With the Soaring Popularity of President Trump's Well-Branded Policy of Protectionism, Will 'America First' Truly Help or Hurt Our Country?
"America First will be the major and overriding theme of my administration,” said then-candidate Donald J. Trump during an April 2016 campaign speech at the Mayflower Hotel in Washington, D.C.
No matter what opinions you may hold about the president, one must admit that he has done a decent job of implementing an America First foreign policy at all levels. However, the entire concept behind his agenda is neither new nor entirely a Trumponian political belief.
In fact, the slogan “America First” has been used by both Republican and Democratic politicians, mostly after the conclusion of World War 1. For example, Ohio Senator Warren G. Harding used the slogan to win the White House in 1920 and served as our 29th president.
But what does America First really mean for this country and how has this doctrine influenced the Trump administration over the past few years?
The concept of 'America First' is simply a well-branded, private label version of good-old-fashioned protectionism.
So, what is protectionism, you ask?
According to Wikipedia, protectionism is “the economic policy of restricting imports from other countries through methods such as tariffs on imported goods, import quotas, and a variety of other government regulations.
Proponents argue that protectionist policies shield the producers, businesses, and workers of the import-competing sector in the country from foreign competitors. However, they also reduce trade and adversely affect consumers in general (by raising the cost of imported goods), and harm the producers and workers in export sectors, both in the country implementing protectionist policies and in the countries protected against.”
It's no secret that President Trump has already proved himself to be a loyal and staunch supporter of protectionism. He has already imposed numerous tariffs on steel, aluminum, and a variety of other goods from China, and claims that unrestrictive trade policies — especially with nations that pay lower wages than those paid to domestic workers — cost domestic jobs.
Trump argues protectionist policies are needed to protect domestic businesses from foreign competition, and some well-known economists and business leaders would agree with him.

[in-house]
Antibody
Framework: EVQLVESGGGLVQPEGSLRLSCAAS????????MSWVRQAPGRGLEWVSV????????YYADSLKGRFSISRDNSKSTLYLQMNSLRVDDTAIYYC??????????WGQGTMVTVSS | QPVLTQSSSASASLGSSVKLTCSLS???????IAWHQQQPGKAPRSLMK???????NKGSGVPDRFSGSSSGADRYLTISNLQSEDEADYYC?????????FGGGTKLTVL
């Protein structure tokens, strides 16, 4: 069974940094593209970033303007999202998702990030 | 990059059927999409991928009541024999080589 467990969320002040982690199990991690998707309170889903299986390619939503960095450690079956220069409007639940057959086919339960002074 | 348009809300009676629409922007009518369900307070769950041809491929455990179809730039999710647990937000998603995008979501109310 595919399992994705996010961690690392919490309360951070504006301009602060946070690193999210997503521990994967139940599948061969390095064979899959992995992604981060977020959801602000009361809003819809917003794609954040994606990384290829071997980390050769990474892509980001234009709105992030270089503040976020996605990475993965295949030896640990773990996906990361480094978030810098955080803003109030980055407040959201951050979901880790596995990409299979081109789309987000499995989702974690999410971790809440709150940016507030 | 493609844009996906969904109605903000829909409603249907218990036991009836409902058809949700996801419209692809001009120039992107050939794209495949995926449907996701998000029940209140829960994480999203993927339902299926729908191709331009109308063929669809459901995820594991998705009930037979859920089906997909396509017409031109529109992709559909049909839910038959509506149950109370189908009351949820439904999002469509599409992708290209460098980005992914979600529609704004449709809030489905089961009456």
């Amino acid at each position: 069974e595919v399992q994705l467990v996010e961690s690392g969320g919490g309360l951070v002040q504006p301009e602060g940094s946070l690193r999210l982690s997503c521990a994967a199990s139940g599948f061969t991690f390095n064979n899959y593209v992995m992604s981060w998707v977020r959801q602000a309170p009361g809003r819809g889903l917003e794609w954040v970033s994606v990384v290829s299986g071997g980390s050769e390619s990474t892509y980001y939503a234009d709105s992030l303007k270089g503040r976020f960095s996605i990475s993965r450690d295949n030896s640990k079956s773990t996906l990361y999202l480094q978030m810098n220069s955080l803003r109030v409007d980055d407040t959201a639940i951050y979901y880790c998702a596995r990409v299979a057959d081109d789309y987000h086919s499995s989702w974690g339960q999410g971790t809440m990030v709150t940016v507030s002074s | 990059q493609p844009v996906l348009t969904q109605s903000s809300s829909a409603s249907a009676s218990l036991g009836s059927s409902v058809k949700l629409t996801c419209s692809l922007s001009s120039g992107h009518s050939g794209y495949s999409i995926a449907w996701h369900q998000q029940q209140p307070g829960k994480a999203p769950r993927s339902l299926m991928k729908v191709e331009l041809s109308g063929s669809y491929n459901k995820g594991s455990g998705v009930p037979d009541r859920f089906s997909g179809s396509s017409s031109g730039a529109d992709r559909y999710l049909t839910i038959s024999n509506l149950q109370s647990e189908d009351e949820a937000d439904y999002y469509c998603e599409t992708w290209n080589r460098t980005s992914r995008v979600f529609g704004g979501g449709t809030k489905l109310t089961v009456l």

But is this the right move for America right now? Probably not.
In the realm of foreign trade, isolationist policies have historically only eroded American economic power.
What many Americans do not realize is that protectionism typically hurts consumers with artificially high prices while simultaneously increasing economic hostilities between nations. In fact, history has proven many times over that protectionism does not result in economic growth for any country that embraces it.
For example, in 2018, General Motors shut down a number of plants and eliminated more than 14,000 jobs due to an increase in steel tariffs imposed by the Trump administration.
That same year, according to an article published by Bloomberg, the Alcoa Corporation slashed its profit forecast by nearly $500 million due to the newly-imposed aluminum tariffs from China.
On top of that, the American Action Forum cites that President Trump’s trade war with China is increasing annual consumer costs by roughly $57 billion a year.
Obviously, the America First doctrine doesn’t just affect trade with China. The Peterson Institute for International Economics (PIIE) estimates that a 131-billion-dollar annual increase in income was lost due to the United States withdrawing from the Trans-Pacific-Partnership (TPP) trade agreement in 2017 as well.
Meanwhile, as the coronavirus pandemic has already claimed the lives of nearly 150,000 Americans, the Trump administration formally withdrew the United States from the World Health Organization (WHO) — another classic protectionist move.